Ira Shapiro has been thinking about the United States Senate for a long time. He was living in Claymont in 1972, when 29-year-old Joe Biden, a longshot candidate, knocked on his door in the Harbor House Apartments.
Shapiro was commuting to Philadelphia to attend the University of Pennsylvania Law School; his wife Nancy, a Wilmington native, was teaching at her alma mater, Mt. Pleasant High School to put him through school.
When he greeted Biden, Shapiro had already interned in the Senate in the summer of 1969 for Jacob Javits of New York and decided to pursue a law degree so he could work in the Senate. (“The lawyers were dominant then,” he recalled.)
Shapiro went on to serve 12 years in senior Senate staff positions, working for some of the leading Democrats of his time: Gaylord Nelson, Abraham Ribicoff, Tom Eagleton, Robert Byrd and Jay Rockefeller. He later served in the Clinton administration as General Counsel and Trade Ambassador in the office of the US Trade Representative, helping to finish major trade agreements including NAFTA. More recently, disturbed by what he saw as the “long decline of the Senate,” Shapiro wrote The Last Great Senate: Courage and Statesmanship in Times of Crisis (2012), a critically-acclaimed narrative history of the Senate of the 1960’s and 70’s (featured here on TSD).
Last year, Shapiro returned with a much tougher book, Broken: Can the Senate Save Itself and the Country? That’s a question Shapiro predicts will be answered this year. Former Secretary of State Madeleine K. Albright said about the book: “Shapiro’s unflinching account is a call for the Senate to rise above partisanship rather than succumb to it. The book reminds us that Congress must provide the ultimate check against one-man rule, as our founders intended.”
Here’s our discussion with the former Claymont resident, who doesn’t hold back on his views on President Trump, the filibuster and Delaware’s own senators, Messrs. Carper and Coons.
TSD: As we talk, the federal government has been shut down yet again for lack of a funding agreement between the White House and Congress. This ‘Groundhog Day’ scenario is increasingly feeling like the norm versus some kind of extraordinary and dangerous impasse. How can Senate leadership make a meaningful difference in this mess?
Ira Shapiro: While the recent holiday shutdown is fairly attributed to President Trump’s commitment to a border wall, it is hard to distinguish it from the series of impasses that have threatened the functioning of the government, particularly since the rise of the Tea Party in 2010. It also can’t be separated from the long decline of the Congress, starting as far back as the late 1980s in the House. However, the Senate bears considerable responsibility as well, because it was the place in Washington where the parties used to come together to solve the hard problems through extended debate and principled compromise. When the Senate lost its ability to transcend partisanship, gridlock and acrimony became the order the day — every day.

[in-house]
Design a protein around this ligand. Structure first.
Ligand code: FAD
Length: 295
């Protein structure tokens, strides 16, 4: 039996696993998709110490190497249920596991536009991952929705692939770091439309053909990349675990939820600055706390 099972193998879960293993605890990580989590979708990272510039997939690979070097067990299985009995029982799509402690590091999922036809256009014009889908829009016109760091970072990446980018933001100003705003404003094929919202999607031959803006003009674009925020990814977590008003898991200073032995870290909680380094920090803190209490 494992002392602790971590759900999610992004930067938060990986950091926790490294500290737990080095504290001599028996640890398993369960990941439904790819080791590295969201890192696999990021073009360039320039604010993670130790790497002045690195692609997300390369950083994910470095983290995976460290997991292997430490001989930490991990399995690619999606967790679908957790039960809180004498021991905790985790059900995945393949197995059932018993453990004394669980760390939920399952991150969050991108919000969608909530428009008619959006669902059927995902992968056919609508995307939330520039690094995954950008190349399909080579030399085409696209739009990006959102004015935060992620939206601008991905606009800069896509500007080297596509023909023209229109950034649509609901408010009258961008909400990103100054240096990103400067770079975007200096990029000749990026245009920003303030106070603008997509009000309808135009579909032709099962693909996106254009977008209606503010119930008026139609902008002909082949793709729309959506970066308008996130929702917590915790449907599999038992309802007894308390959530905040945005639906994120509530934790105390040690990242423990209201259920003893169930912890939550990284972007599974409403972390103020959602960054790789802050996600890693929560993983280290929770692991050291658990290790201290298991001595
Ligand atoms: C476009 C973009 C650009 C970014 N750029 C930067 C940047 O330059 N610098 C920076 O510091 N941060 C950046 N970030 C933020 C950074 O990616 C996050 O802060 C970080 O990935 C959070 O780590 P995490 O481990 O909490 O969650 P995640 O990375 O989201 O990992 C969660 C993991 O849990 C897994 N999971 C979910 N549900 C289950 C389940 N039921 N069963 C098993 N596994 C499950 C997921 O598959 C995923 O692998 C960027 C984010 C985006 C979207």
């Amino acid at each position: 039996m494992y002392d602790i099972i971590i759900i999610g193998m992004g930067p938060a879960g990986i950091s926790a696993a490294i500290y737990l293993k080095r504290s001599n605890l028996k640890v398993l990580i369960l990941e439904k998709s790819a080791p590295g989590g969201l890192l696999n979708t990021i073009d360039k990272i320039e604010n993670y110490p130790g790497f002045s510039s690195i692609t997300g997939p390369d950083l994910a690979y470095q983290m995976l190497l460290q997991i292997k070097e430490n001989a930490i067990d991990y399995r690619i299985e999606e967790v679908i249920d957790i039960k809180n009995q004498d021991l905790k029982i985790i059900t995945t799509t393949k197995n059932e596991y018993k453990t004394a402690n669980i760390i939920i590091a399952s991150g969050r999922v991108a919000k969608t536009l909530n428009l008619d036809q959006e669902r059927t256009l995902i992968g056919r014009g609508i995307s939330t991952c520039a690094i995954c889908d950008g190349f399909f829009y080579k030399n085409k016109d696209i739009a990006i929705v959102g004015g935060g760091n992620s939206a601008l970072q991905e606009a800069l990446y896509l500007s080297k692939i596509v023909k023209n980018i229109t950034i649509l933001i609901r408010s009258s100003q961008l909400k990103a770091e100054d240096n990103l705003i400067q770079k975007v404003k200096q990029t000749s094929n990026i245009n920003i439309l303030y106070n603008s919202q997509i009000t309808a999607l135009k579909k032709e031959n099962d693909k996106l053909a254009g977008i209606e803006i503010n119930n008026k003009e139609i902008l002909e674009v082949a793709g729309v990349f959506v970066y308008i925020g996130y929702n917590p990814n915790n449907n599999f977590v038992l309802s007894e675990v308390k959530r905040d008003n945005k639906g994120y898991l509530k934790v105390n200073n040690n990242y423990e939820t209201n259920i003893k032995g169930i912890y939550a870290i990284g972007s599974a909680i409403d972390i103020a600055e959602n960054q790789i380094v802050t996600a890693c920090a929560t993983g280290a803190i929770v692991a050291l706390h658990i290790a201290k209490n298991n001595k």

TSD: Your first book, the Last Great Senate, talked about a group of people that seemed to collaborate effectively on addressing big issues. But you also acknowledged that it might have been one of the only “great” Senates. It was unique for a lot of reasons including having a membership with a lot of World War II veterans. What about the current Senate gives you any hope this group of 100 can become great or even near-great?
IS: It is impossible to replicate the conditions and experiences that created “the last great Senate,” and we have to hope there will be another great, or at least near-great Senate, without having to fight a catastrophic war first. In fact, everything is different in our politics now. The parties are genuinely much further apart, and the impact of the polarizing 24/7 cable news and social media, plus the demands of endless fundraising and an enormous lobbying corps, all make it much more difficult to be a senator today. Many people interested in politics feel despair about the Senate, and it’s fair to ask: what is the basis for optimism? In my view, it comes from the fact that the senators on both sides of the aisle are capable people, who understand what the Senate should be, and hate the institution as it presently operates. They can’t stop talking about how broken it is. They will, at some point, rise to the occasion and restore it to respectability, in part by reasserting the power of the committees and reclaiming the Senate from the majority leader.
TSD: In “Broken,” you write in detail about several pivotal events in the first part of 2017 including the confirmation process for now-Supreme Court Justice Neil Gorsuch. In hindsight – after the bruising, divisive Kavanaugh hearings and confirmation vote – that feels like a relative ‘era of good feeling,’ to borrow a phrase. How can anyone be optimistic about relationships between senators after that debacle? A lot of people think both sides handled things poorly.
IS: The Senate only faces historic moments like the Kavanaugh confirmation, when the nation’s attention is riveted, once every ten or fifteen years and the spectacular failure of the Senate on handling the nomination responsibly did great damage to public confidence in the Senate. The fight certainly inflicted damage on the relationships between senators as well. And yet within a short time, the Senate has moved on the overwhelming bipartisan support for landmark criminal justice reform legislation, and a unanimous condemnation of Trump policy toward Saudi Arabia after the killing of Khashoggi. They are behaving more like real senators, bringing independent judgment to important issues, rather than simply being knee-jerk attackers or defenders of President Trump. In the coming months, the Senate will face the challenge of responding to the report of Special Counsel Mueller. History will remember and judge this Senate and its members for whether they force Donald Trump from office, rather than whether they confirmed Brett Kavanaugh.